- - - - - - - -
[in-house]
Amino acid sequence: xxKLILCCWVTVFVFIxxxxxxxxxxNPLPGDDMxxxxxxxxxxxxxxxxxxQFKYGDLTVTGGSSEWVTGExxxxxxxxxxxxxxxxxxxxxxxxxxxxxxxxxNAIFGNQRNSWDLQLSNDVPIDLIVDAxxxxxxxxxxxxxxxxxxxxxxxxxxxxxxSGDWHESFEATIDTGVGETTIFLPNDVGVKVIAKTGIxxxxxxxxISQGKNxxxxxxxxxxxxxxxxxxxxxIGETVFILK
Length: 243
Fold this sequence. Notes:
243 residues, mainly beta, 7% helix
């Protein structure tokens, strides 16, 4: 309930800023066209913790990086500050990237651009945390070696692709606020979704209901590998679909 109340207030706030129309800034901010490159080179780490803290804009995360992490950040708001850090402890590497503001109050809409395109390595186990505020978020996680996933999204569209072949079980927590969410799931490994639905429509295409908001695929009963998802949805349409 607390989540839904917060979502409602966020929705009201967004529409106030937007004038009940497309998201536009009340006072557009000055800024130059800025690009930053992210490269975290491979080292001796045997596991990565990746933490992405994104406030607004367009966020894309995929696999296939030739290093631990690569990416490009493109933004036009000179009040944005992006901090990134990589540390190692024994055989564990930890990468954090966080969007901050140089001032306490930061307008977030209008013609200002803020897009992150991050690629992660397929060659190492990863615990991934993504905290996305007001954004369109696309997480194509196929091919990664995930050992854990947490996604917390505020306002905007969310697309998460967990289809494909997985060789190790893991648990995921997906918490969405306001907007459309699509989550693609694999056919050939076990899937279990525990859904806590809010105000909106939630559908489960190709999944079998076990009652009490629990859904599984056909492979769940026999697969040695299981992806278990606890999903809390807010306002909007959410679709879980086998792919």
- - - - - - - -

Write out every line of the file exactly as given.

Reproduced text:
[in-house]
Amino acid sequence: xxKLILCCWVTVFVFIxxxxxxxxxxNPLPGDDMxxxxxxxxxxxxxxxxxxQFKYGDLTVTGGSSEWVTGExxxxxxxxxxxxxxxxxxxxxxxxxxxxxxxxxNAIFGNQRNSWDLQLSNDVPIDLIVDAxxxxxxxxxxxxxxxxxxxxxxxxxxxxxxSGDWHESFEATIDTGVGETTIFLPNDVGVKVIAKTGIxxxxxxxxISQGKNxxxxxxxxxxxxxxxxxxxxxIGETVFILK
Length: 243
Fold this sequence. Notes:
243 residues, mainly beta, 7% helix
């Protein structure tokens, strides 16, 4: 309930800023066209913790990086500050990237651009945390070696692709606020979704209901590998679909 109340207030706030129309800034901010490159080179780490803290804009995360992490950040708001850090402890590497503001109050809409395109390595186990505020978020996680996933999204569209072949079980927590969410799931490994639905429509295409908001695929009963998802949805349409 607390989540839904917060979502409602966020929705009201967004529409106030937007004038009940497309998201536009009340006072557009000055800024130059800025690009930053992210490269975290491979080292001796045997596991990565990746933490992405994104406030607004367009966020894309995929696999296939030739290093631990690569990416490009493109933004036009000179009040944005992006901090990134990589540390190692024994055989564990930890990468954090966080969007901050140089001032306490930061307008977030209008013609200002803020897009992150991050690629992660397929060659190492990863615990991934993504905290996305007001954004369109696309997480194509196929091919990664995930050992854990947490996604917390505020306002905007969310697309998460967990289809494909997985060789190790893991648990995921997906918490969405306001907007459309699509989550693609694999056919050939076990899937279990525990859904806590809010105000909106939630559908489960190709999944079998076990009652009490629990859904599984056909492979769940026999697969040695299981992806278990606890999903809390807010306002909007959410679709879980086998792919």